Living on the Edge

When Hard Times Become a Way of Life


Two years before the pandemic, polls reported that between 65% and 80% of the U.S. population was living paycheck to paycheck. For the majority of Americans, hard times have long been a way of life. Some work multiple low-wage jobs, others face the squeeze of stagnant wages and rising costs of living.  What does daily life look in economically stressed communities? I talked with people across Appalachia, at Standing Rock and Wind River Reservations and in the bustling city of Oakland, California. Their voices offer a wide range of experiences that complicate dominant national narratives about economic struggles.

Yet Living on the Edge is about more than individual experiences. It’s about a nation in a deep economic and moral crisis. It’s about the long-standing collusion between government and corporations that prioritizes profits over people, over the environment, and over the nation’s well-being. It’s about how racism, sexism, violence and the pandemic shape daily experience in struggling communities. And ultimately, it is a book about hope that lays out a vision for the future as honest as it is ambitious. Most people in the book are not progressives; none are radicals. They’re hard-working people who know from experience that the current system is unsustainable. Across the country people described the need for a living wage, accessible health care, immigration reform, and free education. Their voices make a timely and important contribution to national conversations on inequality. E-book available now.  Release date for bound books in the UK September 24; in North America November 8.

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Dr. Pascale writes with clarity, purpose, and a studied, personal understanding of the human condition. ‘The Struggling Class’ will be a term new to many, but it is, indeed, the way of life for too many others. The book should be required reading for anyone who wants to understand, in a way that is both supremely accessible and thoroughly researched, how economic, racial, class, caste, geographical, environmental, and other factors converge to create systemic inequalities designed to hold down a diverse stratum of people — from the Native residents on the Standing Rock Nation, where I grew up, to those doing their level best to make life work every day in places like Appalachia, Wind River, and Oakland. It skilfully illustrates key connective tissues that demonstrate how, despite outward differences, we share in the same struggle. In order to reinvent a democracy that works for everyone, we need radical, systemic change that begins to address the financialized, extractive colonial mentality and other, deeply embedded cultural wrongs. Only in this way, can we begin to envision a fairer, healthier future for the next generations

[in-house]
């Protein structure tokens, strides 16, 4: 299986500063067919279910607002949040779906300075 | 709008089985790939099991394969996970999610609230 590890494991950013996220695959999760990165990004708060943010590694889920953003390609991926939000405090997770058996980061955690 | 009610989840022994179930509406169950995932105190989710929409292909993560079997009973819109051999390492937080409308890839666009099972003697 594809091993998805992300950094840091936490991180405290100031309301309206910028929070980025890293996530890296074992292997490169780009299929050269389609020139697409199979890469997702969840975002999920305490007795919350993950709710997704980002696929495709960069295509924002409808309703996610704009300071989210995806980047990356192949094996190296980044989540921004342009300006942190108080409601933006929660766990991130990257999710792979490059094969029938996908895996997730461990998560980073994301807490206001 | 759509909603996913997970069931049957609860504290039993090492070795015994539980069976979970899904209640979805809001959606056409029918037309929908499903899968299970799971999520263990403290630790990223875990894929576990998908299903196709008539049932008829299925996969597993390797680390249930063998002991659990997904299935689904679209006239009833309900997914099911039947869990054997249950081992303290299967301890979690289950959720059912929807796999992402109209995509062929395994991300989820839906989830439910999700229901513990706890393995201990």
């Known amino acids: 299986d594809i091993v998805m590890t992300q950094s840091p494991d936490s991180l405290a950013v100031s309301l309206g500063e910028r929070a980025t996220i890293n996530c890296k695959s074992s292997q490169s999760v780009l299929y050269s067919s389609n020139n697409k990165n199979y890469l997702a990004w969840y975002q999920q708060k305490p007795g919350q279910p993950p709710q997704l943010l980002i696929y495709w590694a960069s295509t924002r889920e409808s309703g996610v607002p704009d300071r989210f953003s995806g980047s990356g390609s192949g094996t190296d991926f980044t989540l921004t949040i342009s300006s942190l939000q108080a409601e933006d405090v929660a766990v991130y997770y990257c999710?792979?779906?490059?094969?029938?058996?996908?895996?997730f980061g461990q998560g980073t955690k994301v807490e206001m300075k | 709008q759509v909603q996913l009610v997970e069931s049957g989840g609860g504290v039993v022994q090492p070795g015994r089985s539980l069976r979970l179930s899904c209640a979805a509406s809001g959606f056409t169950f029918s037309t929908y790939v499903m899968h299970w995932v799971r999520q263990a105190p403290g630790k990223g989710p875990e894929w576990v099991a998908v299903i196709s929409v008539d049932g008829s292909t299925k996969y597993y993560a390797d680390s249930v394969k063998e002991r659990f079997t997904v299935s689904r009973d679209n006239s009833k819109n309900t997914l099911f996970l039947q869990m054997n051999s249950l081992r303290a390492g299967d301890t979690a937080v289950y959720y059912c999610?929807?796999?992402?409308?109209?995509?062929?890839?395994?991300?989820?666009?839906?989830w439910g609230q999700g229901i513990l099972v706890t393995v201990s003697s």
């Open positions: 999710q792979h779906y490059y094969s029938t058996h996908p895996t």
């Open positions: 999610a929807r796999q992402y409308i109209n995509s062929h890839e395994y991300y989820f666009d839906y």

Is there support for a living wage, free education, and other egalitarian commitments within the low-income population? Yes! In a trenchant analysis, Celine-Marie Pascale shows that egalitarian sensibilities are alive and well among low-income workers, not because they necessarily subscribe to or care about conventional political parties or platforms but because their everyday lives expose a deeply unfair system. A brilliant account of ‘hard-knocks egalitarianism.’
This often poignant and moving book presents a vision of America and Americans that is often missing from dominant narratives. One walks away from this book with a better sense of the diversity of average, struggling Americans, as well as what all those people have in common – the struggle. As the author says, ‘this is more than a collection of individual troubles; it is the story of a nation in a deep economic and moral crisis’.
A rare book that combines a humane accounting of lives lived in hardship, attentive to race and gender, with a robust and data-driven critique of the policies that caused their dysfunction – a true bottom-up primer on American poverty with real-world applications for upturning the myths that surround inequality.
This is an impressive book, wide and deep, with diverse people around the country struggling to live. A yarn; no, yarns – economic and much more – always real, face-to-face with the author: what their lives are, sometimes doing themselves no favors, but more often the effects of laws and attitudes both far away and near, government and corporations, and the hate of people. Why it's hard to end poverty. Living on the Edge reaches in every direction. Personal, powerful: once you pick it up, you won't put it down.”
This thorough and penetrating book offers a convincing argument about why so many families are struggling to make ends meet and who they are as fully rounded people. The writing and narration are superb. I would call this a page turner, which is not my usual experience in reading books on this topic.